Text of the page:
is a short story
writer and creative writing tutor. He has had two books published by
Gwasg y Bwthyn, Caernarfon: Reasoning:
Twenty Stories (2005) and For
His Warriors: Thirty Stories (2010). For
His Warriors was longlisted for the Frank
O'Connor Award. His third collection, White
City, is in progress.
with Rob Mimpriss
How long did it take you to write all the stories in your collection?
Rob Mimpriss: The first of these stories is also the oldest, written in the autumn of
2003. One of the last stories, an echo of the first, was written in the
autumn of 2009, so although I made subsequent changes to the collection, I
did the bulk of the work in six years.
have a collection in mind when you were writing them?
RM: I had two collections in mind, because my first collection, Reasoning, was
published in 2005; these two and my next collection are intended to
reflect and comment on each other. But the challenge for a short story
writer is always the same, I think, to produce something serious and
subtle enough to counter the brevity of the opportunity and the low status
of the form. Producing stories that work together, that cast light on each
other, is one way of doing that.
you choose which stories to include and in what order?
RM: Two working titles came during a very early stage of composition, and as I
wrote the stories I was trying to understand those titles. Who are the
warriors in a civil society, and what kind of courage must they show?
Order seemed to come naturally, the stories often arranging themselves
symmetrically in dependent pairs, but I omitted a great many stories that
I liked, and had enjoyed writing. The test, for me, is whether I have
learnt something from writing a story, if not in human terms, then at
least in terms of composition. Otherwise I would only be writing out of
habit, and the task would lose its impulsion and joy.
does the word "story"
mean to you?
RM: I see the short story as an intuitive form. It isn’t dealing with great
conflicts or victories, but with the little signs of realisation or change
that in real life we often forget, or understand only in retrospect. This
makes it a very egalitarian form, because it can commemorate lives which
seem uneventful, or filled with more failure than success. But at the same
time the compressed prose of a well-made story needs to be read slowly, or
more than once, and I don’t find I read short stories one after another,
the way I read chapters in a novel. It’s as though every dying moment
deserves a moment of silence, and this suggests that the short story is a
meditative form as well.
Do you have a reader in mind when you write stories?
RM: Yes, I do. So it’s important, for the reader’s sake, that the stories are
coherent. It’s important to orient the reader in the setting and the lives
of the characters in the first paragraph or so, to leave the virtuoso
performance until the end, or even later if possible. But it’s also
important to respect the reader’s intelligence, not to allow misleading or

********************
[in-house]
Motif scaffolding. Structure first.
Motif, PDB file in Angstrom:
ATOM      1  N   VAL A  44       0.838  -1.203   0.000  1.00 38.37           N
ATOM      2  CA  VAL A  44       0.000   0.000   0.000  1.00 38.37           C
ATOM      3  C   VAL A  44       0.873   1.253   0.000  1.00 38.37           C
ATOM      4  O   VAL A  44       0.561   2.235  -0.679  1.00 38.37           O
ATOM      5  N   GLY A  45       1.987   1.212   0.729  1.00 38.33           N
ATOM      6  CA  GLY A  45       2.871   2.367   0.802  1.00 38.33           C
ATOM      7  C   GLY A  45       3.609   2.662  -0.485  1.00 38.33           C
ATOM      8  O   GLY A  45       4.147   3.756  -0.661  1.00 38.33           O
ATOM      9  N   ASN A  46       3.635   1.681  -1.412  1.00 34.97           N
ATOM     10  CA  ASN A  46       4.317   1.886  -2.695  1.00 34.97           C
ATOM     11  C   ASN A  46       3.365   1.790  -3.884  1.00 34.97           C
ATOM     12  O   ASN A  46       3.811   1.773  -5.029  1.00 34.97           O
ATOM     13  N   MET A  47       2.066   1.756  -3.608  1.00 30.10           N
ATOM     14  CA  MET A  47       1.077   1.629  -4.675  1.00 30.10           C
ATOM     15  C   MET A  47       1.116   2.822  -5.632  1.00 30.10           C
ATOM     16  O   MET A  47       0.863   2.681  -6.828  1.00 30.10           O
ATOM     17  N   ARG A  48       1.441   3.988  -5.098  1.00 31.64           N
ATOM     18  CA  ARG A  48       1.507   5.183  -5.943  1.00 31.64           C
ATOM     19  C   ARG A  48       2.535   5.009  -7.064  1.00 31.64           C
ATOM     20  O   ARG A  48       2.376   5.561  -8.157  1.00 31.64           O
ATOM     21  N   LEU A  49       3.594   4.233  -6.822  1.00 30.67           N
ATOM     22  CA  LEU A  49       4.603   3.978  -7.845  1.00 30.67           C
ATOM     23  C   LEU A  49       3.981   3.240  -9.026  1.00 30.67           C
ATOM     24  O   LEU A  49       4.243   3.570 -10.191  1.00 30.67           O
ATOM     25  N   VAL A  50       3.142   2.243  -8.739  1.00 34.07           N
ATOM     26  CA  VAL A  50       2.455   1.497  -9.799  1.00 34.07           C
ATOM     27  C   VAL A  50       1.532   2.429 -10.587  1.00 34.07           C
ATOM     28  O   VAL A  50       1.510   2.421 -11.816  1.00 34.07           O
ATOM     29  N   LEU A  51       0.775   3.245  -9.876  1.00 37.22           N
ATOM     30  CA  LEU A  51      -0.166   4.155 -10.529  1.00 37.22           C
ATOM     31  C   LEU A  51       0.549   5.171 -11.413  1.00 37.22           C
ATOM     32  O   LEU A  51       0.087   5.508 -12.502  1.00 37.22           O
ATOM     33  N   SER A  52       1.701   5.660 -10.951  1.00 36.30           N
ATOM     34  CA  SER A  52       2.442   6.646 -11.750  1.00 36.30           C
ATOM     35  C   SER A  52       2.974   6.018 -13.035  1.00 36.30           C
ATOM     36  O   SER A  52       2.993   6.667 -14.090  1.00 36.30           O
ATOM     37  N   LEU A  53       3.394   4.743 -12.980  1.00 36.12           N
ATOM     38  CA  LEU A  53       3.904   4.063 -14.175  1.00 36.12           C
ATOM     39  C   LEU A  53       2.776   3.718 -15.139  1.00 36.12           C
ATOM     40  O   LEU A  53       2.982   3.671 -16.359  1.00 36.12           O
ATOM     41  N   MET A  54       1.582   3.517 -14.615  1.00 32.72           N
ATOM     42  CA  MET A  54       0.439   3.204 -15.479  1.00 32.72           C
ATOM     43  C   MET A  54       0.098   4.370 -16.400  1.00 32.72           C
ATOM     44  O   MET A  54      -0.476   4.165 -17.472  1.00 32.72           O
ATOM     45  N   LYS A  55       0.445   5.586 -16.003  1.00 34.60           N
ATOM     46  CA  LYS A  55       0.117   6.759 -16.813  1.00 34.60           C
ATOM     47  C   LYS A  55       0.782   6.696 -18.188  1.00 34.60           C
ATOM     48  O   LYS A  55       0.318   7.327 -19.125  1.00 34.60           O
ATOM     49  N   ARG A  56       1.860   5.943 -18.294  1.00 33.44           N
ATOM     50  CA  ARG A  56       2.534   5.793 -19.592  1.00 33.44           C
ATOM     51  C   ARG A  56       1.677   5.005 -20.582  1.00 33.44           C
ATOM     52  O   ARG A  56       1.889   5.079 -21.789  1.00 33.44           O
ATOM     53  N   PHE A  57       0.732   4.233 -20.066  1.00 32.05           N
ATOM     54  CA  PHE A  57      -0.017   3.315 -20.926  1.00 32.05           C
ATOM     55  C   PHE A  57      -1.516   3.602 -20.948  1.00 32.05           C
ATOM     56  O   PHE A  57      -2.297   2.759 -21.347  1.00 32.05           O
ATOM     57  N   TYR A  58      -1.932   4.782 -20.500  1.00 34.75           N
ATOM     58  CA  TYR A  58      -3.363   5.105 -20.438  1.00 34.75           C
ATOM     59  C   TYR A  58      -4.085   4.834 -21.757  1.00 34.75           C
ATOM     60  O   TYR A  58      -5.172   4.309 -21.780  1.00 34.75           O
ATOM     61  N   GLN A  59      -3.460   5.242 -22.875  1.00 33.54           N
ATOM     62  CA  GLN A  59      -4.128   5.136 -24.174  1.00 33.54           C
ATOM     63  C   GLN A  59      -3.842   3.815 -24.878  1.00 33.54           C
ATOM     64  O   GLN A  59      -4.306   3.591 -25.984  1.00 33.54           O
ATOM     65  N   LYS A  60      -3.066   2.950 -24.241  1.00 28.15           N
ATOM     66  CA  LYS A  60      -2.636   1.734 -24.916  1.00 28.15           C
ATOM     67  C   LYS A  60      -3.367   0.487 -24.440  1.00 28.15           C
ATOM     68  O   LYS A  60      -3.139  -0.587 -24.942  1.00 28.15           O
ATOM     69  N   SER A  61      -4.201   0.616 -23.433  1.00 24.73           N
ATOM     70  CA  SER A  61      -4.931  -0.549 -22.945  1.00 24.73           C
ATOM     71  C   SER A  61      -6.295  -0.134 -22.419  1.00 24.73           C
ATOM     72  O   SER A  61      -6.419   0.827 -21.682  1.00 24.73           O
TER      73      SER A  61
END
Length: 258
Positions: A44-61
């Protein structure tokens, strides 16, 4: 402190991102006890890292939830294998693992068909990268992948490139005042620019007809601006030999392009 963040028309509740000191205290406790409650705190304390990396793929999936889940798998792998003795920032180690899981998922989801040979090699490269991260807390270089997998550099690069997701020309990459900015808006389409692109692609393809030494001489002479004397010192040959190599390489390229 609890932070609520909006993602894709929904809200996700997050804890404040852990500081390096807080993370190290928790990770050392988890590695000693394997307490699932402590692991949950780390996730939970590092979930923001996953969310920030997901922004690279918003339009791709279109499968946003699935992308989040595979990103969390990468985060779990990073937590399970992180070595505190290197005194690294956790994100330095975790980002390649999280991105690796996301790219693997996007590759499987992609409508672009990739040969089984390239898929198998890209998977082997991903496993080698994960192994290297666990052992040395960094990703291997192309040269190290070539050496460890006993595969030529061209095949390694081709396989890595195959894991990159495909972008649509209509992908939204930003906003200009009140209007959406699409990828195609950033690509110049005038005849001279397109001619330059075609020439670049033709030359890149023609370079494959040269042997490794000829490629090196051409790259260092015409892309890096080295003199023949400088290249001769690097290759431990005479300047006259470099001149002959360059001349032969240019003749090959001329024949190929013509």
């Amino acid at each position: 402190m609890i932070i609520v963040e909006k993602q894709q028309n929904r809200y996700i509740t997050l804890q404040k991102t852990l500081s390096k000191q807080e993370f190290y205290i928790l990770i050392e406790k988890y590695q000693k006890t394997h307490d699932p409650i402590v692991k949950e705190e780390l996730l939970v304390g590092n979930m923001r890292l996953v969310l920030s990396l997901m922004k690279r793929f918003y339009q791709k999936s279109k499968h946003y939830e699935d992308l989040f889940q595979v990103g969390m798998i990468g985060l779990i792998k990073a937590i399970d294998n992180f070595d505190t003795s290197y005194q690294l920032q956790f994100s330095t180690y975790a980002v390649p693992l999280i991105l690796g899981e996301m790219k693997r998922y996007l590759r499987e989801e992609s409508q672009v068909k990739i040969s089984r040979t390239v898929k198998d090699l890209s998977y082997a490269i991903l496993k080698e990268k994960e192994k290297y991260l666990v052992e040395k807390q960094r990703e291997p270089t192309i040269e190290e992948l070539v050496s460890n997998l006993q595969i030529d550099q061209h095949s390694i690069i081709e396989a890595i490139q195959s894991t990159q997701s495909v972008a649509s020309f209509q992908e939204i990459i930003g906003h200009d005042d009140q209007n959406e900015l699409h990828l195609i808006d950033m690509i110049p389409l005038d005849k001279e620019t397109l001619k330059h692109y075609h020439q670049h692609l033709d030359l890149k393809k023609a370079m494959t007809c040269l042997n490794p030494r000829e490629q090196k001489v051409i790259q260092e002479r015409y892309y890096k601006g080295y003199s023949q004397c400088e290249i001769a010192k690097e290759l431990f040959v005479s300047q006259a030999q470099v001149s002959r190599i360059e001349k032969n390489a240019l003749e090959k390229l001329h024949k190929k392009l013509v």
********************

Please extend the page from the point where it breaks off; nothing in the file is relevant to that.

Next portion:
distracting information into the story, but to allow the reader to
extrapolate from the little that is there. Some of the best short stories
end with question marks, stories like The Voyage by Katherine Mansfield
or The Last Payment by Kate Roberts, and the years I spent mulling over
them, studying their layered wisdom and coming to terms with the challenge
of their endings, helped me fall in love with the short story as a form.
anything you'd like to ask someone who has read your collection, anything at all?
RM: I’m sure every serious writer wants to hear something back. It would be a
lot of trouble to go to just to express oneself, but stories that are
published, and that people take the time to read, ought to have some kind
of human value as well. People say (the novel-critic Bernard Bergonzi
said) that the short story is a negative form, and often there’s a narrow
line between art which is merely depressing, and art which carries some
kind of consolation or joy. I’d want to know that I’m achieving that, at
least as often as anyone can.
TSR: How does
it feel knowing that people are buying your book?
RM: The feelings I experience are common, I’m sure: excitement and pride, a
slight sense of nakedness, and a fear that my work falls short of the
mark. Then I’m sent a peer review, or I see a review in a journal, and I’m
often struck by the depth of their engagement with my work, the subtlety
of their interpretation.
What are you working on now?
RM: I’ve begun work on a third collection, White City, for my publisher. The
three collections were conceived as a way of thinking about goodness, in
the light of the way Plato describes a good man, and in the particular
cultural and social circumstances we face in Wales. But I’m also looking
ahead to a series of stories set in Patagonia, which is Spanish speaking,
but also has a strong Welsh heritage, since it was colonised in the 19th
century by people from Wales.
the three most recent short story collections you've read?
RM: When I’m starting a new collection I spend time with writers who’ve spoken
to me in the past: Amy Hempel, Raymond Carver, Bernard Malamud, Anne
Beattie. In addition I’ve been reading Burning Bright by Ron Rash, Rooms
of the Mind by Catherine Chanter and The Shieling by David Constantine.